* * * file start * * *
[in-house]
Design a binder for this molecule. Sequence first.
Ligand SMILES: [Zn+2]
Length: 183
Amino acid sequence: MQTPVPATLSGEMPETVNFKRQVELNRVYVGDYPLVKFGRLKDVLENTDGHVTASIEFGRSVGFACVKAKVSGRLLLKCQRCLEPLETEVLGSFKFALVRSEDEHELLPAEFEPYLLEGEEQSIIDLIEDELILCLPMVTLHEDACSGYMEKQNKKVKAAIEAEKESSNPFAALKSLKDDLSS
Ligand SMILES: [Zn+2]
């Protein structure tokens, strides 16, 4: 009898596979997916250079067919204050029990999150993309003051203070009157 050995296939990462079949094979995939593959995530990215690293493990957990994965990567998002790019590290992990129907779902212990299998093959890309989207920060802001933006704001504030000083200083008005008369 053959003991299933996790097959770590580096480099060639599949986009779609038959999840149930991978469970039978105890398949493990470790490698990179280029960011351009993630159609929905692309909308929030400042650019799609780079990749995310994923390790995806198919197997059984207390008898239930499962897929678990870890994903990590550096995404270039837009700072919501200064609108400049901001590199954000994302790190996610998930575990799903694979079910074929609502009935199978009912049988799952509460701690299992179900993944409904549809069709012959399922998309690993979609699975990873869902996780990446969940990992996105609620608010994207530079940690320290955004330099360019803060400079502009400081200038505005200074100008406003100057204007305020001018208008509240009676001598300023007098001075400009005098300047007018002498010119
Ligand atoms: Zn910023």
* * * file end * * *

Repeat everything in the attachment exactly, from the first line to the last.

[in-house]
Design a binder for this molecule. Sequence first.
Ligand SMILES: [Zn+2]
Length: 183
Amino acid sequence: MQTPVPATLSGEMPETVNFKRQVELNRVYVGDYPLVKFGRLKDVLENTDGHVTASIEFGRSVGFACVKAKVSGRLLLKCQRCLEPLETEVLGSFKFALVRSEDEHELLPAEFEPYLLEGEEQSIIDLIEDELILCLPMVTLHEDACSGYMEKQNKKVKAAIEAEKESSNPFAALKSLKDDLSS
Ligand SMILES: [Zn+2]
């Protein structure tokens, strides 16, 4: 009898596979997916250079067919204050029990999150993309003051203070009157 050995296939990462079949094979995939593959995530990215690293493990957990994965990567998002790019590290992990129907779902212990299998093959890309989207920060802001933006704001504030000083200083008005008369 053959003991299933996790097959770590580096480099060639599949986009779609038959999840149930991978469970039978105890398949493990470790490698990179280029960011351009993630159609929905692309909308929030400042650019799609780079990749995310994923390790995806198919197997059984207390008898239930499962897929678990870890994903990590550096995404270039837009700072919501200064609108400049901001590199954000994302790190996610998930575990799903694979079910074929609502009935199978009912049988799952509460701690299992179900993944409904549809069709012959399922998309690993979609699975990873869902996780990446969940990992996105609620608010994207530079940690320290955004330099360019803060400079502009400081200038505005200074100008406003100057204007305020001018208008509240009676001598300023007098001075400009005098300047007018002498010119
Ligand atoms: Zn910023």